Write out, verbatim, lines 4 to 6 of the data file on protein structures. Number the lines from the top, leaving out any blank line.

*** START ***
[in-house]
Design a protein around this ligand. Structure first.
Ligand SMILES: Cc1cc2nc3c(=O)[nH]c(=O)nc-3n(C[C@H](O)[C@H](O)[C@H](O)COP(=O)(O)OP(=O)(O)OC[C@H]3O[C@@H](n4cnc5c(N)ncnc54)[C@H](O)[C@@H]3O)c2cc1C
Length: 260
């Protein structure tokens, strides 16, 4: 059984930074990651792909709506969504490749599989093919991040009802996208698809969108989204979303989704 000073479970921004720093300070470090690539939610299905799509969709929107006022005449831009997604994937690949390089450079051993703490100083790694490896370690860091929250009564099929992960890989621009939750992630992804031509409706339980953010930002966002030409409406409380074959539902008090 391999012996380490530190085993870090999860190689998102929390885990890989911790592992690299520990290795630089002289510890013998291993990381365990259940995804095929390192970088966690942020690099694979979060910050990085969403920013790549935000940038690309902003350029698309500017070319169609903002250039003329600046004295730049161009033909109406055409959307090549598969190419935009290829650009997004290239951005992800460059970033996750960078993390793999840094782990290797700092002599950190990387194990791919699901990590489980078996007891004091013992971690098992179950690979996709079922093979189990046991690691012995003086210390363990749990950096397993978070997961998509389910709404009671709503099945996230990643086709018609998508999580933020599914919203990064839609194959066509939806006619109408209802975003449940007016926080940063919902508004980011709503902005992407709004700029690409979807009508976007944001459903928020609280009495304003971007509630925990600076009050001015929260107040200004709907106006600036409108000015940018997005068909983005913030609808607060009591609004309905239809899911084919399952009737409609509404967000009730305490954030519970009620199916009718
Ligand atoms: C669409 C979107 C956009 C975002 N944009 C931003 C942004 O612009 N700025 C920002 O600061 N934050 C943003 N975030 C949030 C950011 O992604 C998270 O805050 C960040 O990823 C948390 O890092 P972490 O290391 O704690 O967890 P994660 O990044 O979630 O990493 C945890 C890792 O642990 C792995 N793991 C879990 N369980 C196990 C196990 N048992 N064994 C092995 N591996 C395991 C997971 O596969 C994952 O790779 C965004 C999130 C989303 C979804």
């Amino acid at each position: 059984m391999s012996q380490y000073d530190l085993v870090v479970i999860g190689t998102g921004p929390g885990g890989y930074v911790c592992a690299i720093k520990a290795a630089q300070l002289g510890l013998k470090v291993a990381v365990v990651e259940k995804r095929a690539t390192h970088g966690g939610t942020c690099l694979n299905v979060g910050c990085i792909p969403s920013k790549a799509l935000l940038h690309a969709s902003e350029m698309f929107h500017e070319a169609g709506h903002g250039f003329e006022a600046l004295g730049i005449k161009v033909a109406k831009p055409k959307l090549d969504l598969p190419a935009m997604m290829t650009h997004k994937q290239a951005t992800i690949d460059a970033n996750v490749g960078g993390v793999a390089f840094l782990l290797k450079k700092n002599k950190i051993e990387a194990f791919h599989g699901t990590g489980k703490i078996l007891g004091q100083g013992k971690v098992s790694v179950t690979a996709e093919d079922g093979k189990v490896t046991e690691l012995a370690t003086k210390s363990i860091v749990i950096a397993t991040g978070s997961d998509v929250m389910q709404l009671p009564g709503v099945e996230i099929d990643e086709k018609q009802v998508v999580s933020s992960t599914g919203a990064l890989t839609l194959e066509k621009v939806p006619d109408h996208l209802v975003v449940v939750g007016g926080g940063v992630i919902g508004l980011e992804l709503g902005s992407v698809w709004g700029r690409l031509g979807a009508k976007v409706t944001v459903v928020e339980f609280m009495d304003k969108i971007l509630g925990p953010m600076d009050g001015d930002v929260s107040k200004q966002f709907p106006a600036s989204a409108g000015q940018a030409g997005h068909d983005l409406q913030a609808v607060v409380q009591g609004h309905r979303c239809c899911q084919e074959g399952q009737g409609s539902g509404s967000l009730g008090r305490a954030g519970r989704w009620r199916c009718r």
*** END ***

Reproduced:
Length: 260
């Protein structure tokens, strides 16, 4: 059984930074990651792909709506969504490749599989093919991040009802996208698809969108989204979303989704 000073479970921004720093300070470090690539939610299905799509969709929107006022005449831009997604994937690949390089450079051993703490100083790694490896370690860091929250009564099929992960890989621009939750992630992804031509409706339980953010930002966002030409409406409380074959539902008090 391999012996380490530190085993870090999860190689998102929390885990890989911790592992690299520990290795630089002289510890013998291993990381365990259940995804095929390192970088966690942020690099694979979060910050990085969403920013790549935000940038690309902003350029698309500017070319169609903002250039003329600046004295730049161009033909109406055409959307090549598969190419935009290829650009997004290239951005992800460059970033996750960078993390793999840094782990290797700092002599950190990387194990791919699901990590489980078996007891004091013992971690098992179950690979996709079922093979189990046991690691012995003086210390363990749990950096397993978070997961998509389910709404009671709503099945996230990643086709018609998508999580933020599914919203990064839609194959066509939806006619109408209802975003449940007016926080940063919902508004980011709503902005992407709004700029690409979807009508976007944001459903928020609280009495304003971007509630925990600076009050001015929260107040200004709907106006600036409108000015940018997005068909983005913030609808607060009591609004309905239809899911084919399952009737409609509404967000009730305490954030519970009620199916009718
Ligand atoms: C669409 C979107 C956009 C975002 N944009 C931003 C942004 O612009 N700025 C920002 O600061 N934050 C943003 N975030 C949030 C950011 O992604 C998270 O805050 C960040 O990823 C948390 O890092 P972490 O290391 O704690 O967890 P994660 O990044 O979630 O990493 C945890 C890792 O642990 C792995 N793991 C879990 N369980 C196990 C196990 N048992 N064994 C092995 N591996 C395991 C997971 O596969 C994952 O790779 C965004 C999130 C989303 C979804």